In June 1990, a 23-year-old farmer presented with a 2-month history of bullous and eroded lesions that initially appeared in the umbilical region, on palms and soles, and then involved the scalp, trunk, and the oral and genital mucosae. He had no personal or family history of blistering diseases. About 3 weeks before the outbreak of the first bullae, the patient had had an unintended cutaneous contact with 1,3-dichloropropene (E+Z isomers), a soil fumigant that he periodically used as a field pesticide. In particular, some of the chemical that he was injecting into the terrain accidentally spilled on his palms and on the lower part of the vest over his abdominal region. He did not immediately wash off the liquid from his skin, as suggested by the instruction manual in case of an accident, but only wiped the wet skin regions with a towel. Hours later, a burning sensation and redness were noticed on the palms and the umbilical region, but these symptoms resolved in a few days. After 1 week, the patient complained of itching vesicles on his palms and umbilical and plantar regions. A topical steroid cleared up the vesicles, diminished, but did not eliminate, the pruritus that persisted for about 2 weeks, when crops of vesicles and blisters appeared on these regions and then affected other sites of the skin and external mucosae. On examination, large bullae and some erosions were present on his palms (Fig. 1), soles, and trunk. Tense vesicles and erosions were present on his wrists and scalp. Eroded, painful areas involved the oral and genital mucosa. Routine physical examination and biochemical tests were unremarkable. The histologic examination of a biopsy specimen from a fresh vesicle showed an intraepidermal bulla with acantholytic cells and suprabasal splitting. No eosinophilic spongiosis or keratinocyte necrosis were detected on the lesional and perilesional skin. A mild lymphocytic perivascular infiltrate was present in the papillary dermis. Direct immunofluorescence of the perilesional skin revealed deposition of IgG and C3 in the intercellular spaces of the epidermis (Fig. 2). Indirect immunofluorescence (IIF) using monkey esophagus as substrate, was positive for intercellular antibodies at a titer of 1:160. Two patch-tests were performed with 1,3-dichloropropene in acetone diluted 1:10 and 1:5, respectively. The first patch (dilution 1:10) was removed after 24 hours: it was negative and the skin site showed no further reaction until the next day, when a mild erythema appeared. The second patch (dilution 1:5) was removed after 48 hours: this was positive, showing erythema, edema, and microvesiculation. A Tzanck test, done at the site of the patch vesicles, revealed a mixture of lymphocytes, 'tadpole,' and acantholytic cells. The patient was hospitalized with the diagnosis of pemphigus vulgaris and treated with oral prednisone, 75 mg per day, cyclophosphamide, 100 mg per day, and topical skin care. The blistering stopped within a few days, and reepithelialization of both skin and mucosae occurred gradually over the next several weeks. The serum antibody titer decreased to 1:20 after 40 days of therapy. The prednisone and cyclophosphamide dosages were gradually tapered. After 2 months, the patient was discharged, receiving prednisone, 10 mg every other day, and cyclophosphamide, 50 mg per week. He was instructed to avoid any exposure to pesticides. In the next months he remained lesion-free and the treatments were discontinued in December 1990. He resumed his work and never returned for the recommended periodic check-ups. In June 1994, the patient was referred to us for dyshidrotic eczema restricted to his palms. He told us that over the past 3 years he had avoided contact with any pesticide and remained free of skin or mucosal lesions. After his informed consent, the Gruppo Italiano Ricerca Dermatit da Contatto e Ambientali (GIRDCA) standard series of patch tests and two additional patch tests with 1,3-dichloropropene (1:10 and 1:5, respectively, acetone-diluted) were mounted and removed after 48 hours. Apart from a weakly positive reaction to nickel sulfate, all other tests were negative, including those with 1,3-dichloropropene. Intercellular antibodies in his serum were positive up to a titer of 1:20. HLA-typing revealed the following haplotype: A2, -; B35, 57; Bw6, -; Cw4, -; DR8, 14; DQ1, 7. Topical treatment with a steroid-plus-salicylic acid ointment cleared up all dyshidrotic lesions in a week. A low nickel diet was recommended.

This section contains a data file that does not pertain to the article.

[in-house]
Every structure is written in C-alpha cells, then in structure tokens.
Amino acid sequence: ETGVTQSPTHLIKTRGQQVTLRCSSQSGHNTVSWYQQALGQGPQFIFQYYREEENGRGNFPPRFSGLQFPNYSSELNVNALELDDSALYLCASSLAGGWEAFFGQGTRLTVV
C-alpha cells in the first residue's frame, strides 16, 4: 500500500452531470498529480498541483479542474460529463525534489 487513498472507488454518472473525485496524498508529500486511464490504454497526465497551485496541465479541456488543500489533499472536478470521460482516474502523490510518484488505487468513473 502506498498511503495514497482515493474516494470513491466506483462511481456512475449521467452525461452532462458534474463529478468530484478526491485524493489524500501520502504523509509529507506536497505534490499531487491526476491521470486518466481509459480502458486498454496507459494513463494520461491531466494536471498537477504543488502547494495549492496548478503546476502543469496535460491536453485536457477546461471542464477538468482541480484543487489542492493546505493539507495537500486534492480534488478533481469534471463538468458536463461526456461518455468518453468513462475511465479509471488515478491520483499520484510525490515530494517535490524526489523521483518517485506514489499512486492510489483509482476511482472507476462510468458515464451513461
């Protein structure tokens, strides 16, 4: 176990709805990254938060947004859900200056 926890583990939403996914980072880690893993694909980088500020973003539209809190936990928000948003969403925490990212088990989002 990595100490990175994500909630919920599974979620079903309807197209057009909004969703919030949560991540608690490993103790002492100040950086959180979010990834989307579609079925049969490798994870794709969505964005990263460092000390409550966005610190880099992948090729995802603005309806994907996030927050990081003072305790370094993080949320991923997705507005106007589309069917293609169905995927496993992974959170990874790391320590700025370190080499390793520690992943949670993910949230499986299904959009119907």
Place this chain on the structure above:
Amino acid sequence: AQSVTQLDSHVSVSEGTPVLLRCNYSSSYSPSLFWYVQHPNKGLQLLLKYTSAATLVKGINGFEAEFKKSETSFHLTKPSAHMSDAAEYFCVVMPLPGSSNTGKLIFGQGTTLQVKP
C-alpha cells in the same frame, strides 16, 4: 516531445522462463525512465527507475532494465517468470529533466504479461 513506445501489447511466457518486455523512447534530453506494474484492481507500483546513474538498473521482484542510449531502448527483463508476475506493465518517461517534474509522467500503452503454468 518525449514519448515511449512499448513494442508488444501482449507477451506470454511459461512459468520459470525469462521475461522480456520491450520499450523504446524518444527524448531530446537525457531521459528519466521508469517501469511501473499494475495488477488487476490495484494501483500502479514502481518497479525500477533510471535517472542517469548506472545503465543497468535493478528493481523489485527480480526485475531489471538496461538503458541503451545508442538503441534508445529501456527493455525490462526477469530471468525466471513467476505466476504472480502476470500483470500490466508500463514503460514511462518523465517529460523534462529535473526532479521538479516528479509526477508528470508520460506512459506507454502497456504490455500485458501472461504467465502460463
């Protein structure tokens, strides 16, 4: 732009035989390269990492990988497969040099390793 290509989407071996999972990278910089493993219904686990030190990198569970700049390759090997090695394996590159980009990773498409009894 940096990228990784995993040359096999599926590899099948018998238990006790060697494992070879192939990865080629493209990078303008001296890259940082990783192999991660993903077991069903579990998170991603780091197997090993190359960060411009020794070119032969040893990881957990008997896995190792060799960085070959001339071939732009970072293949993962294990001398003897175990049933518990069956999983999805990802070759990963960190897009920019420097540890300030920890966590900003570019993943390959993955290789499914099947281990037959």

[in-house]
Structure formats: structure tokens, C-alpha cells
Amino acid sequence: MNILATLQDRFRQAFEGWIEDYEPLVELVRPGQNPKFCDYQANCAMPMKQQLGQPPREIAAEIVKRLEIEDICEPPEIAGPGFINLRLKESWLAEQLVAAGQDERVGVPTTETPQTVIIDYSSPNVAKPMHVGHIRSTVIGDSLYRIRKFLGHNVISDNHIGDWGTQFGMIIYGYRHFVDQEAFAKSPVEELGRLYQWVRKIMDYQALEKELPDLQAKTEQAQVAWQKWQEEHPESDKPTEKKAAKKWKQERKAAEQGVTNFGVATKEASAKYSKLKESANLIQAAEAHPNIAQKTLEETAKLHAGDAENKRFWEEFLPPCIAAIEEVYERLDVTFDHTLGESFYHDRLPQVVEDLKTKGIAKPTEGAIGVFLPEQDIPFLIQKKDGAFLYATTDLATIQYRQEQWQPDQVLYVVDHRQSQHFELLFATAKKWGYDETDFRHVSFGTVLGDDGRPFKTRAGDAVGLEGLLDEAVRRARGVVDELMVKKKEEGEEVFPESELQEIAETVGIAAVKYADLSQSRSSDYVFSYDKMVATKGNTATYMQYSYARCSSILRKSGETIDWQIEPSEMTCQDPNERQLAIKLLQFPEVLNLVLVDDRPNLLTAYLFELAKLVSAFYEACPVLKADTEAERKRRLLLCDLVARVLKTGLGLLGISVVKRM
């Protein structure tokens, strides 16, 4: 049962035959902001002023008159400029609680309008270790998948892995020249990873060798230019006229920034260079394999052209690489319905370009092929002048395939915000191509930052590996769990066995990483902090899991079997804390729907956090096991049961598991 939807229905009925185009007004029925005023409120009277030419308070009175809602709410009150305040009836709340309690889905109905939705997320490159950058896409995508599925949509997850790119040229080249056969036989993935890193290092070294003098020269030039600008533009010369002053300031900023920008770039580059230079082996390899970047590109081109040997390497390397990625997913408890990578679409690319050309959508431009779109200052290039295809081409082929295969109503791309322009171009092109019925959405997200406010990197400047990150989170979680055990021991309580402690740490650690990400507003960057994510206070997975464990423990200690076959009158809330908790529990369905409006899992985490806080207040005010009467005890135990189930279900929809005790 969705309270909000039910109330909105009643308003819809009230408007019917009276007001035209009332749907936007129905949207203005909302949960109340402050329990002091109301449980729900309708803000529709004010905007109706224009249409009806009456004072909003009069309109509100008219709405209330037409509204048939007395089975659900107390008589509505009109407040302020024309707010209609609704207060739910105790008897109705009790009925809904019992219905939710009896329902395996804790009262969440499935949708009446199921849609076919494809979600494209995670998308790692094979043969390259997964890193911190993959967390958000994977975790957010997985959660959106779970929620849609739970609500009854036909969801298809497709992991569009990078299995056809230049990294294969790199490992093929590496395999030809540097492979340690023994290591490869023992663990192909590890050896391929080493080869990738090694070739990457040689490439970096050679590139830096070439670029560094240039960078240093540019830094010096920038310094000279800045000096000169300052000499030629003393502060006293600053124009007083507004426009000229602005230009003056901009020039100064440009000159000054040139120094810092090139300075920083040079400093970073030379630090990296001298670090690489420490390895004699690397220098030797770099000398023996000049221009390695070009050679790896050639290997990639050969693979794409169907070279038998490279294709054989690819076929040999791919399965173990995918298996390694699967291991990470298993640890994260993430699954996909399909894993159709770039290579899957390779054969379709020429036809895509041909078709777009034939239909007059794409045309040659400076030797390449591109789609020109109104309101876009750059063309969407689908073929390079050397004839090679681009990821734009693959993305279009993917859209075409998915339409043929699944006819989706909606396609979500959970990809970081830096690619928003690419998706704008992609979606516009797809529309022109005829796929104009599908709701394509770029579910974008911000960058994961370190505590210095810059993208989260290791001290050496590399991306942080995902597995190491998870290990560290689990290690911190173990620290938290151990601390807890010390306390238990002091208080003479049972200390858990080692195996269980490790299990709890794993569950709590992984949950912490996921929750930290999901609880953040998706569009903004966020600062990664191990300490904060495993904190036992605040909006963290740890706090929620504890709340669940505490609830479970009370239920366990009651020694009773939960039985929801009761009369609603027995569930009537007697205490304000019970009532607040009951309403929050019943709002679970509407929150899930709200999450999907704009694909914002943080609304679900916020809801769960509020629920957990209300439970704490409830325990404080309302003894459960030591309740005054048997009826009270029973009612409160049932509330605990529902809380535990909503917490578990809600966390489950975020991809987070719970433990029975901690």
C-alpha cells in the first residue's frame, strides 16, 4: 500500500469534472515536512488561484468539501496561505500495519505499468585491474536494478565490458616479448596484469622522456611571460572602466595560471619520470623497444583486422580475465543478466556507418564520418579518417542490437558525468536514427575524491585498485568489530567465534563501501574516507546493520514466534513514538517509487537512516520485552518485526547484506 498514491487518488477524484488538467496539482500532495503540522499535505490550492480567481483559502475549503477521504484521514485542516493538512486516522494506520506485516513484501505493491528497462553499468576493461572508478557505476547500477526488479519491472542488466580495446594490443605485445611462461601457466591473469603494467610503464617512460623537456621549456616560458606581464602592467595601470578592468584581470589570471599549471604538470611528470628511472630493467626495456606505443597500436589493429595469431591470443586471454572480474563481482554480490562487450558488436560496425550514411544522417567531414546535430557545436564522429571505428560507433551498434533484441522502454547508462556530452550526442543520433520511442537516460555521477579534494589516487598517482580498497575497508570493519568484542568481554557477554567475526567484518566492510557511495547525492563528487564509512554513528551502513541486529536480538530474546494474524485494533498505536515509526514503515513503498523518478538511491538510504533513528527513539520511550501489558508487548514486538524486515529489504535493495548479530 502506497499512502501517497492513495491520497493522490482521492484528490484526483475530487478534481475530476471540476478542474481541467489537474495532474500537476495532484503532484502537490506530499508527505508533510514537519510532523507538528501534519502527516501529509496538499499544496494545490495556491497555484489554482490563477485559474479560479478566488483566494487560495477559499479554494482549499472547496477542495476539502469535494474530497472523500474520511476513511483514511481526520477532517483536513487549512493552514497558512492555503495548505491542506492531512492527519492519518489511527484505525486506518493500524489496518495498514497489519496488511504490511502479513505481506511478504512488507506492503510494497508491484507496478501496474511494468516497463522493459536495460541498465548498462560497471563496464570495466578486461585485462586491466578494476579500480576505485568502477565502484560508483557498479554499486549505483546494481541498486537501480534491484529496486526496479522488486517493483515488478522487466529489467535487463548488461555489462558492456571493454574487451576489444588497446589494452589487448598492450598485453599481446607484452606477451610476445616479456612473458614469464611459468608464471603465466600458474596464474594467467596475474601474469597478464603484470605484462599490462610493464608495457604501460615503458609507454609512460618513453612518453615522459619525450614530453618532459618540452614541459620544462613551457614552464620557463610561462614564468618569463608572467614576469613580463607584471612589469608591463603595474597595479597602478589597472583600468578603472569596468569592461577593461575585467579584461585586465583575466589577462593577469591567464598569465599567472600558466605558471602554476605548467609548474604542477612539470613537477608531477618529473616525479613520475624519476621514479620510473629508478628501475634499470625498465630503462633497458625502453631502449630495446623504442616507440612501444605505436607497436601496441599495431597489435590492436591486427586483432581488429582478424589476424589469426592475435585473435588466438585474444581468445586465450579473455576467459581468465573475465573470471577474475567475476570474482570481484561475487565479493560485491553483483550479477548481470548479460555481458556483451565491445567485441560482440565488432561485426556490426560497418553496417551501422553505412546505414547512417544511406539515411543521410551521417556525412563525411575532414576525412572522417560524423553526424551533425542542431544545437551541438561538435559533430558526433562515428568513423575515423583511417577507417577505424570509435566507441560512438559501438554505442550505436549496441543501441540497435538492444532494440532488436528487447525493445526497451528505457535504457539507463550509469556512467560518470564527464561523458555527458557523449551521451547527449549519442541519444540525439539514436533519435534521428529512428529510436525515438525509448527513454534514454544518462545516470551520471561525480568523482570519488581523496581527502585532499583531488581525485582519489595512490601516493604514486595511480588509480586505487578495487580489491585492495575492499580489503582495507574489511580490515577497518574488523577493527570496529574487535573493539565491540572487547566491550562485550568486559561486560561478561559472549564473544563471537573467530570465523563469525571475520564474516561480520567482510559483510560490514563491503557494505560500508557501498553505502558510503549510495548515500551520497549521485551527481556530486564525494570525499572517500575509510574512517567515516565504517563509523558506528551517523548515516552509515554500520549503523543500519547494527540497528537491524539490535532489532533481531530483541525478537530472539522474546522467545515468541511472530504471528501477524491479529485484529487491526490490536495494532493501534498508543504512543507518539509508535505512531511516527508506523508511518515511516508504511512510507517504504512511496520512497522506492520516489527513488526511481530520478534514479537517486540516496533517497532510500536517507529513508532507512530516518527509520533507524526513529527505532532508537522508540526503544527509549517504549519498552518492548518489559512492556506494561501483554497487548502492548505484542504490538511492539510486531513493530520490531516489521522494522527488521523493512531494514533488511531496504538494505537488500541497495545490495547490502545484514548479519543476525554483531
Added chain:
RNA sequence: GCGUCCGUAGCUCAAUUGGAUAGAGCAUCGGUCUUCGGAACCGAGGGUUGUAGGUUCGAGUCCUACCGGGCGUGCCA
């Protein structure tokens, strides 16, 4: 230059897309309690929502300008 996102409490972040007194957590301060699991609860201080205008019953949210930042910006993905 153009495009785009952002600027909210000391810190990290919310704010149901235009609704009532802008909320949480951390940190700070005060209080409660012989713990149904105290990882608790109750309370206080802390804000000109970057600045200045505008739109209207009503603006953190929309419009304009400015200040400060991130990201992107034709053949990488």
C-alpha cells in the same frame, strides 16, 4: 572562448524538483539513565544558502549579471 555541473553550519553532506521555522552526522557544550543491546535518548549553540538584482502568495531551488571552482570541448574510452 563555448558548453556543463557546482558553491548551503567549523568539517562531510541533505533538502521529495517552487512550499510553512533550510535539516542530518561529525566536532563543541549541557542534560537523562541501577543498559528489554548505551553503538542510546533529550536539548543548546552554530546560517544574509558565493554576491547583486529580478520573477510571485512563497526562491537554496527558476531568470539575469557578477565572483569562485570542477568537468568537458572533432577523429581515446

|Number of pages||3|
|Journal||International Journal of Dermatology|
|State||Published - Mar 1996|